The character of Mustapha is absolutely without interest,
while the chief interest in that of his stepmother, Roxolana
(here called Rose), is that she suggests a comparison with
Seneca's Medea. On the whole this specimen of irregular
drama shews rather an in ability to compr ehend the Senecan
pattern than an attempt to strike out new lines. At any rate
it was little calculated to encourage a departure from the
recognised model.

Of about the same date as La Soitane is another i nsula r
tragedy, also based on a modern subject. Such being its

1 La Croix du Maine and Du Verdier, tv. 2.

2 Mais prendre il ue faitt t>as les nouveaux arguments. Vauquelin dc la
Fresnaye, A. P. iii. 1113-


character it is somewhat surprising that its author, Claude
Rouillet, should have been the Principal of one of the Paris
colleges, that of Burgundy 1 , and that in its original form it
should have been written in Latin, doubtless for representation
by the students of the college. It was entitled Philani ra.
and was published in 1556 2 . The French translation, by
Rouillet himself, appeared in 1563-. The subject is one of
the many versions of the familiar and possibly true story,
which furnished Shakespeare with the sombre plot of Measure
for Measure. In Rouillet's play Philanire is represented as a
lady of Piedmont whose husband has been sentenced to death
by the Provost of the district. He promises to give him back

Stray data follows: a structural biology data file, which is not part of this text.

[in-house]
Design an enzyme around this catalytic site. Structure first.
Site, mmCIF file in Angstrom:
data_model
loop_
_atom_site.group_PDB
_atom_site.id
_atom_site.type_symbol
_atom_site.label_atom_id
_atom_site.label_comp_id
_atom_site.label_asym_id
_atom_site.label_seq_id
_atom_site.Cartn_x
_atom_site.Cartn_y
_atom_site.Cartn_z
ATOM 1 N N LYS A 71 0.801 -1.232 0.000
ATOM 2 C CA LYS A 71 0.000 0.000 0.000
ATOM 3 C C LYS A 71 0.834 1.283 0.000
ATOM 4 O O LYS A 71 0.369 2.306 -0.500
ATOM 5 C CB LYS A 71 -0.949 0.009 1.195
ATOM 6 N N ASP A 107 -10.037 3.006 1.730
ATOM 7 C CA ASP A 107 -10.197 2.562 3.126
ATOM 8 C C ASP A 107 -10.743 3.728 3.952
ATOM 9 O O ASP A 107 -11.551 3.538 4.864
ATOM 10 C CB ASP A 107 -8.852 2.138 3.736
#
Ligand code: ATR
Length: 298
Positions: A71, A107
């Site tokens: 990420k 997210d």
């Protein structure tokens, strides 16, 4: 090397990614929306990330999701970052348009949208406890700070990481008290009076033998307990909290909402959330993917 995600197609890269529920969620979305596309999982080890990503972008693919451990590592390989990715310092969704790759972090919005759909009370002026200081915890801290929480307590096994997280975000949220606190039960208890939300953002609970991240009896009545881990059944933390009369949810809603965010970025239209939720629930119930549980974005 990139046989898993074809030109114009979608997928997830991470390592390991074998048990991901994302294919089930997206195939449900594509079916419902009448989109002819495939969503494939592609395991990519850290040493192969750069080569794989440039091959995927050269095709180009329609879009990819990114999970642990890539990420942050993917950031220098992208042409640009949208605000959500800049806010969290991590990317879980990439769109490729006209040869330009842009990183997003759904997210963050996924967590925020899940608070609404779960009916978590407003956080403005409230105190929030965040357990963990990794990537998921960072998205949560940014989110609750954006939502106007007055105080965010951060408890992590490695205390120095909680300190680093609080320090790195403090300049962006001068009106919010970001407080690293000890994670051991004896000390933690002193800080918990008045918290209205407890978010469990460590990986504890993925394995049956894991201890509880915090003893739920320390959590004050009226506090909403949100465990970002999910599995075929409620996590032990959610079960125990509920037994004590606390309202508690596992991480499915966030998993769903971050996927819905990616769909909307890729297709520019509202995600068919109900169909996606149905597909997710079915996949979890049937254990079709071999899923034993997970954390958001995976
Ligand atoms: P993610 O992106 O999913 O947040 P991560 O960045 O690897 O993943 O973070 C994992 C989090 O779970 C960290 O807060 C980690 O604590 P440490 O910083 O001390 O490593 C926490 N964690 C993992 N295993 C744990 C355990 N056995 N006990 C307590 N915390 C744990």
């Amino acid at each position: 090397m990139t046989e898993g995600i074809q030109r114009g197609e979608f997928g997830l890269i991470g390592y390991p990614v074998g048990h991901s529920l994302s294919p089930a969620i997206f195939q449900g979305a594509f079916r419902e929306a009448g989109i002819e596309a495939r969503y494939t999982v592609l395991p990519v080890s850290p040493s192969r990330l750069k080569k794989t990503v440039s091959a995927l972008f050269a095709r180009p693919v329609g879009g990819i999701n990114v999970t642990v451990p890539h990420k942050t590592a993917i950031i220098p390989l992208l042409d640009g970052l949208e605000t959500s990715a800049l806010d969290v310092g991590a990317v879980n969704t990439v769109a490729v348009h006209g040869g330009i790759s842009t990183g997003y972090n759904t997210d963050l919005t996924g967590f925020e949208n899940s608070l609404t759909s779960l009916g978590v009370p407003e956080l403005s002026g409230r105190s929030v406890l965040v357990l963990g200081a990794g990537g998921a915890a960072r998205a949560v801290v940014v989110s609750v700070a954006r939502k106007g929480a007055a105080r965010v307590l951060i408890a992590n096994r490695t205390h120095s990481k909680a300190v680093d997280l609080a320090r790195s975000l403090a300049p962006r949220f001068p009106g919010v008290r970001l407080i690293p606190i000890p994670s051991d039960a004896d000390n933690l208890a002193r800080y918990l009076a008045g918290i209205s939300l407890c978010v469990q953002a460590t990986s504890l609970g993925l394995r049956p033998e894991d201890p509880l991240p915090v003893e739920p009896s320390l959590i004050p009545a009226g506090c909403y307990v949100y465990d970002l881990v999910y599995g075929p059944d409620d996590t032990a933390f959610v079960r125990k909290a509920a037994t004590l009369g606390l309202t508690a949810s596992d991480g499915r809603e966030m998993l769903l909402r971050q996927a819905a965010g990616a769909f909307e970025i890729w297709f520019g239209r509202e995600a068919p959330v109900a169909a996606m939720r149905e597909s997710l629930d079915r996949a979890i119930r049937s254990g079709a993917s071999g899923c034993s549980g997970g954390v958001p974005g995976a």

to her on condition that she will satisfy his passion. To this
she finally consents, and on the following day he sends her
his corpse. She thereupon appeals to the Viceroy who com-
pels the Provost to marry her, and then, in spite of her inter-
cession, has him beheaded. The play is constructed with
some skill, shewing at any rate more feeling for dramatic
action than the ordinary classical tragedy of the period.
Though the greater part is written in octosyllables, metres of
seven and fewer syllables are also employed to correspond to
the various metres of the Latin original.

There was another reason besides the overwhelming in-
fluence of Seneca for the und rama tic character of French
Renaissance tragedy, and this was the jack_ of stage experience
on the part of the writers. There was only one place in Paris
where their plays could have been performed on a real stage
by actors who, though not professionals, had at any rate
some experience, and that was the Hotel de Bourgogue, the
home of the Confreres de la Passion. But there were various
reasons which made it impossible for the young playwrights
to look to this quarter for the interpretation of their pieces.

1 He died in 1576, being then an old man ; he had been Principal of his
college since 1536 (La Croix du Maine).

2 In C. Koilleti Belnensis varia poemata, 1556. See Creizenach, II. 434—437.

3 See ante, p. 76, n. 2 ; also Bib. du thi&tre francais, p. 174 ; Bib. dram, de
M. de Soleinm; no. 756 ; Cat. de la Bib. dram, de feu le Baron Taylor, 1893,
no. 327. I only know the edition of 1577, of which there is a copy in the Bib.